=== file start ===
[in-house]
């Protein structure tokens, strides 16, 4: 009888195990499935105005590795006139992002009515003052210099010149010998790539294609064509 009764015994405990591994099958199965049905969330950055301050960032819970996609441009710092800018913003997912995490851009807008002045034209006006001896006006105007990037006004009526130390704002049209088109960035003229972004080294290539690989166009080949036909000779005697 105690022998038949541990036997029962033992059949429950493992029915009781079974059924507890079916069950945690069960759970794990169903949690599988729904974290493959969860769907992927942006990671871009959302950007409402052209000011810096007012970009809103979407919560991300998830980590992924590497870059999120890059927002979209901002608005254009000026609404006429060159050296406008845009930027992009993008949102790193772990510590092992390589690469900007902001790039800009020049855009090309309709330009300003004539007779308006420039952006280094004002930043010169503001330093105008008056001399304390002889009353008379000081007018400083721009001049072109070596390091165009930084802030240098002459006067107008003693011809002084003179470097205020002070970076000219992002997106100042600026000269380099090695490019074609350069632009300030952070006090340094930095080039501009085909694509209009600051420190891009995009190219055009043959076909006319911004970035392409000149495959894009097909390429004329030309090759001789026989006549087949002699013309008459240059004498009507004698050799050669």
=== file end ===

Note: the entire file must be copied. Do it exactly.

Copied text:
[in-house]
């Protein structure tokens, strides 16, 4: 009888195990499935105005590795006139992002009515003052210099010149010998790539294609064509 009764015994405990591994099958199965049905969330950055301050960032819970996609441009710092800018913003997912995490851009807008002045034209006006001896006006105007990037006004009526130390704002049209088109960035003229972004080294290539690989166009080949036909000779005697 105690022998038949541990036997029962033992059949429950493992029915009781079974059924507890079916069950945690069960759970794990169903949690599988729904974290493959969860769907992927942006990671871009959302950007409402052209000011810096007012970009809103979407919560991300998830980590992924590497870059999120890059927002979209901002608005254009000026609404006429060159050296406008845009930027992009993008949102790193772990510590092992390589690469900007902001790039800009020049855009090309309709330009300003004539007779308006420039952006280094004002930043010169503001330093105008008056001399304390002889009353008379000081007018400083721009001049072109070596390091165009930084802030240098002459006067107008003693011809002084003179470097205020002070970076000219992002997106100042600026000269380099090695490019074609350069632009300030952070006090340094930095080039501009085909694509209009600051420190891009995009190219055009043959076909006319911004970035392409000149495959894009097909390429004329030309090759001789026989006549087949002699013309008459240059004498009507004698050799050669």